R v M  2015;  Professional footballer charged with failing to return a ‘section 172’ notice to identify the driver of a vehicle who had committed a speeding offence.  The client had been the registered keeper of the vehicle.  The vehicle was a lease car that had been returned to the lease car company but the company had failed to change details of the registered keeper on the log book.  The lessor committed a speeding offence in the vehicle and the s.172 notice was sent to the client.  He was under the impression that the lessor had dealt with the offence and did not return the notice. Was summoned to court for the offence of failing to return the notice.  After oral representations made to the prosecution at court the case was discontinued on the grounds that it was not in the interests of justice to pursue the prosecution against the client. 

  • R v V 2014; Speeding offence at 116 mph in a 70 mph zone, off the scale of the sentencing guidelines.  Client was a bus driver and relied on his driving licence for work.  Even a short period of disqualification would have resulted in the loss of his livelihood.  Magistrates persuaded to impose 6 points on the licence rather than disqualify.

  • R v A 2014; Allegation of driving without due care and attention.  Car seen to be out of control on the North Circular Road by off duty Murder Squad Detectives who alleged the client was driving erratically, swerving between the lanes and thus crashing into the barrier causing his wheel to shear off.  The client instructed that his tyre had burst and the driving observed was him trying to control his car to prevent an accident.  Acquitted at contested trial.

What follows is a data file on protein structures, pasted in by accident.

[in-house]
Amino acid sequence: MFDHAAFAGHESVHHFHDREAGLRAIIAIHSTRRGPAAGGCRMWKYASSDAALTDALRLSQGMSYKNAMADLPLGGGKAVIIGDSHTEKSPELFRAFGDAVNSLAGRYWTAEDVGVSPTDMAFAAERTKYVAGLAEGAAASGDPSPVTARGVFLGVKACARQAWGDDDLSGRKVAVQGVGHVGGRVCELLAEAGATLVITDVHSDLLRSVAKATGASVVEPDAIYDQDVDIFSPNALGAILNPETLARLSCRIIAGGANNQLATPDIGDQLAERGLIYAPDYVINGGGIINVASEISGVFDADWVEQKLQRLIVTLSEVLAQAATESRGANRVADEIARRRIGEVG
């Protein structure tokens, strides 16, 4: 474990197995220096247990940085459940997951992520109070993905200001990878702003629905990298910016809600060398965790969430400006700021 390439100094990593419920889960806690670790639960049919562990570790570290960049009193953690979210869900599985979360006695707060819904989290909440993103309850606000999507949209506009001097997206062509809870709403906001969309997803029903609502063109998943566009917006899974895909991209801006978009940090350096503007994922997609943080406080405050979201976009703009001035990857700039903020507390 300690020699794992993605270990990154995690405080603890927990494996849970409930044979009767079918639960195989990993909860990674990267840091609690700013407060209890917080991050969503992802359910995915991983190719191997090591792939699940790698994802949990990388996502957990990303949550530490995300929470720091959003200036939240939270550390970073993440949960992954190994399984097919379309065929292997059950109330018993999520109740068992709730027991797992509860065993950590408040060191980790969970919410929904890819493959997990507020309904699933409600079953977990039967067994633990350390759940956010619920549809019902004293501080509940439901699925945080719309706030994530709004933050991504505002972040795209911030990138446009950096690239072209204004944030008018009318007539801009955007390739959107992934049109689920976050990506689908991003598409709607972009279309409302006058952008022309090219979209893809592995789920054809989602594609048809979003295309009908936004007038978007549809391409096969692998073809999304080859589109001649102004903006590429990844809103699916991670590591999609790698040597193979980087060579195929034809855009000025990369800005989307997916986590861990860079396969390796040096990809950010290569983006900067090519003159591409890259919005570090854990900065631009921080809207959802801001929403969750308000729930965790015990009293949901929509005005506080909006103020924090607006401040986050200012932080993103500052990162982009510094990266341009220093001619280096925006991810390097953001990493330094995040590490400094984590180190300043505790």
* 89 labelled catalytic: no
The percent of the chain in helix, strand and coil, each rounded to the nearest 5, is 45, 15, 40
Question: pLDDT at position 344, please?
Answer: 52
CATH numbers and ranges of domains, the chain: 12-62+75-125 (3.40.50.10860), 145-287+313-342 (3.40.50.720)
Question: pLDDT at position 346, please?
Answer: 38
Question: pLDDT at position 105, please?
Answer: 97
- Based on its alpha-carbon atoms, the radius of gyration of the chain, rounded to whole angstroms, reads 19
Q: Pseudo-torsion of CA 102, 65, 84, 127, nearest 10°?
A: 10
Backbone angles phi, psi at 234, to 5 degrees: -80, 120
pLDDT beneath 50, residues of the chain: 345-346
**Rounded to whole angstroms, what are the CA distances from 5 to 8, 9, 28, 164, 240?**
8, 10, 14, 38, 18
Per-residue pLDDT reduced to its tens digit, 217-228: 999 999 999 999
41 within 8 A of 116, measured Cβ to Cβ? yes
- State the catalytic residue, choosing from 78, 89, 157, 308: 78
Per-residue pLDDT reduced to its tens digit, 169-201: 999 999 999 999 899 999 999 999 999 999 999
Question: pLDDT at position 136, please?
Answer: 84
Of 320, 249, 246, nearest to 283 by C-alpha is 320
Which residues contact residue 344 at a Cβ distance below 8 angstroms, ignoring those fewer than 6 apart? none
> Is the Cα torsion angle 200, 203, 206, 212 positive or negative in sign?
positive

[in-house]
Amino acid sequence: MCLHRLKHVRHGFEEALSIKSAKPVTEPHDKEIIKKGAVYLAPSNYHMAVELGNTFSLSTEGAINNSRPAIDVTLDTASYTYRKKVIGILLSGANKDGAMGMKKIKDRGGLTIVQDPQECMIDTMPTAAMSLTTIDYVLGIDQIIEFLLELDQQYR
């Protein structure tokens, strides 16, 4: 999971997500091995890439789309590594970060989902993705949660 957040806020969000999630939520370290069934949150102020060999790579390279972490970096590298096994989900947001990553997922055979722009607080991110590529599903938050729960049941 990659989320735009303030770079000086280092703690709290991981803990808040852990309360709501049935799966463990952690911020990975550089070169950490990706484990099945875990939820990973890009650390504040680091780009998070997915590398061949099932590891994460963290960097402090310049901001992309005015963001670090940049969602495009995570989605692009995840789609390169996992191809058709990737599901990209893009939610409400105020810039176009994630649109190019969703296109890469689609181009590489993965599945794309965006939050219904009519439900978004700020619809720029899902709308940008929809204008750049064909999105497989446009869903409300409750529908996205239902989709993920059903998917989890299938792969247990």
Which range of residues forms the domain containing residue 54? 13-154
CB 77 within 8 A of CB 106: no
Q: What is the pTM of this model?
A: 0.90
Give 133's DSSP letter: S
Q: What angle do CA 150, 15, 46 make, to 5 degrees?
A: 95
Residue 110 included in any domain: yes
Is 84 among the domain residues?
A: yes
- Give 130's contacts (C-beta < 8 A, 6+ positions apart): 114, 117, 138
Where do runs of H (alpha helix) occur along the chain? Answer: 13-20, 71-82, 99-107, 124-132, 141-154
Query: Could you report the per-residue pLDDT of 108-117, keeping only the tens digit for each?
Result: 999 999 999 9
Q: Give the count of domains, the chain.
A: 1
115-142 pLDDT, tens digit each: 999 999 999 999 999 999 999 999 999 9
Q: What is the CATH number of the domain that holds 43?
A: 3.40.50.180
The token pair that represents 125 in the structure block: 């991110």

• R v H  2013; Allegation of driving a motor vehicle when its condition (cracked windscreen) was such that it involved danger of injury to any person.  Prosecution witnesses all police officers who alleged that the crack to the windscreen was large and could have caused the driver to be dazzled in sunlight.  Defence argued that the size and position of the crack was not dangerous.  The client was stopped early morning on a March day when the chances of dazzling by sunshine was remote.  The remote possibility (rather than the likely possibility) of the danger of injury is not enough for the prosecution to prove case.   Acquitted at contested trial.